Names and Naming, p5

5. Family names

A great part of all family names originated in patronymics. Usually, these were populations who did not care for family names and were known as A son of B or C daughter of D, but were conquered by a culture that imposed (or became an example of) the use of family names. It happened with the Gauls under the Romans and it also happened this very century in British colonies such as India. To this day in Russia, family names are simply patronymics, one being known by Piotr Nikkolovich (son of Nikkolo) or Anna Nikkolovna (daughter of Nikkolo). Irish O' and Irish-Scottish Mac simply mean "son of" -- a Scottish woman would have used Nic, meaning daughter of. Worldwide we have ap- in Welsh, map- in Cornish, -szoon in Holland, -son or -sen in Scandinavian countries, -escu in Romanian, -ian in Armenian, ben in Israel, ibn in Arabic, anak in Borneo, ag among the Targi (ult for a girl)... Sometimes surnames are gendered without being patronymics, as in Bulgaria and Greece.

Other family names were originally nicknames or designations referring to profession, appearance, and of course place-names. Many cultures have the equivalent of aristocratic "of" in English and "de" in France: von in Germany, van in Holland, ze for Czechs, -tsi in Armenian... In Russia the nobility particle is an -ov in the patronymic; in Arabic nobility is recognized by a surname preceded by El or Al ("the").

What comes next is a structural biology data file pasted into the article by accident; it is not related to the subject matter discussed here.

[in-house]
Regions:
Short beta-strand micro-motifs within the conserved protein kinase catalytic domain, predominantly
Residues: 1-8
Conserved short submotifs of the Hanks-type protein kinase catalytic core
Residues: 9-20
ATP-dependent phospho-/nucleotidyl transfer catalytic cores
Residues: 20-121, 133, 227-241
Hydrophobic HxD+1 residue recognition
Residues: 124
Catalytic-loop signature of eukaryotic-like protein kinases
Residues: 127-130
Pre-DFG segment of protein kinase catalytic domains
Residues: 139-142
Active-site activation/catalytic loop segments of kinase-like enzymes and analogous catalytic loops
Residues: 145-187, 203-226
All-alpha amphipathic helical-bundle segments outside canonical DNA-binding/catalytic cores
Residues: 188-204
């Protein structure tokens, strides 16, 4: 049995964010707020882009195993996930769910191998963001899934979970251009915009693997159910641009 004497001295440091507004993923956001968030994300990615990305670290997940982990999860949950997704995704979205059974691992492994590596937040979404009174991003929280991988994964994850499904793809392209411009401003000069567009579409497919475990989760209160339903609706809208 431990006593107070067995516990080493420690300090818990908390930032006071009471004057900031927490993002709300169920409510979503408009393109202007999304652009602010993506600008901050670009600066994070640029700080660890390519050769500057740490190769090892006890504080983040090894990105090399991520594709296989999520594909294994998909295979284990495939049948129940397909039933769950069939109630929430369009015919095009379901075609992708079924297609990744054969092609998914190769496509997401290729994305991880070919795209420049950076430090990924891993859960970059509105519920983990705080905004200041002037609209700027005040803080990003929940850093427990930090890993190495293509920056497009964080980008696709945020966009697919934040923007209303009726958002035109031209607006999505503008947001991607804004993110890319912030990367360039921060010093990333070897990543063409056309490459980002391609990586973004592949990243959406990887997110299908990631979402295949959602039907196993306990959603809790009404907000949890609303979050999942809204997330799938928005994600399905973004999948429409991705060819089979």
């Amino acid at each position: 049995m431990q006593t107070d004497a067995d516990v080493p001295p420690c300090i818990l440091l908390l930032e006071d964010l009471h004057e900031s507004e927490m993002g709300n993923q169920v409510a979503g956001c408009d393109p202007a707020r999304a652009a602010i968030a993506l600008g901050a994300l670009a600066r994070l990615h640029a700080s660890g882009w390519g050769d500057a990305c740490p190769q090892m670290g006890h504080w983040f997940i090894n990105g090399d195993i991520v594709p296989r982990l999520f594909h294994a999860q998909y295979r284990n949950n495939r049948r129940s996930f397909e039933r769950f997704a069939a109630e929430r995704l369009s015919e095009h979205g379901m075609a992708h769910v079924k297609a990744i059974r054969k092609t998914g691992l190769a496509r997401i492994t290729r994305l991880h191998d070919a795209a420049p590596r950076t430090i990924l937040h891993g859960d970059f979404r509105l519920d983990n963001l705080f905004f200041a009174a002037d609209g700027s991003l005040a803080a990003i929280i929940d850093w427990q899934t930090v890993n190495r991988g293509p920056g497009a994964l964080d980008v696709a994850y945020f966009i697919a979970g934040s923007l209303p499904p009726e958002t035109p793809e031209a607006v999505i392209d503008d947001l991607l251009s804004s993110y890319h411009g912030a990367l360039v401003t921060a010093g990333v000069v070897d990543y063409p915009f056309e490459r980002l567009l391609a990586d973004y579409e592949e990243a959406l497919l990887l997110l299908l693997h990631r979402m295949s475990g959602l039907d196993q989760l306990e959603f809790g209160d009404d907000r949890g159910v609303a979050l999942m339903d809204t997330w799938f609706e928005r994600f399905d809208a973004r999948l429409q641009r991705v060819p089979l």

The case of Turkey may be unique, as their family names did not develop naturally but nor were they imposed by an outside culture. People used to be content with their personal name and the mention "son/daughter of" or a village name, but in 1928 Kamal Ataturk bade each family freely choose a surname. This is so new that people have not developed the habit to mention their family name immediately. This is noticeable in Lebanon as well, where people more readily use first names and then inquire from what "house" the person is. In some Arab countries, men still introduce themselves by lineage: "Malek son of Yaacub son of Ahmad", while women are more known by their father, brother of husband. In Afghanistan they can also be known as Noor ("light") of one of the above, for women don't reveal their name to strangers.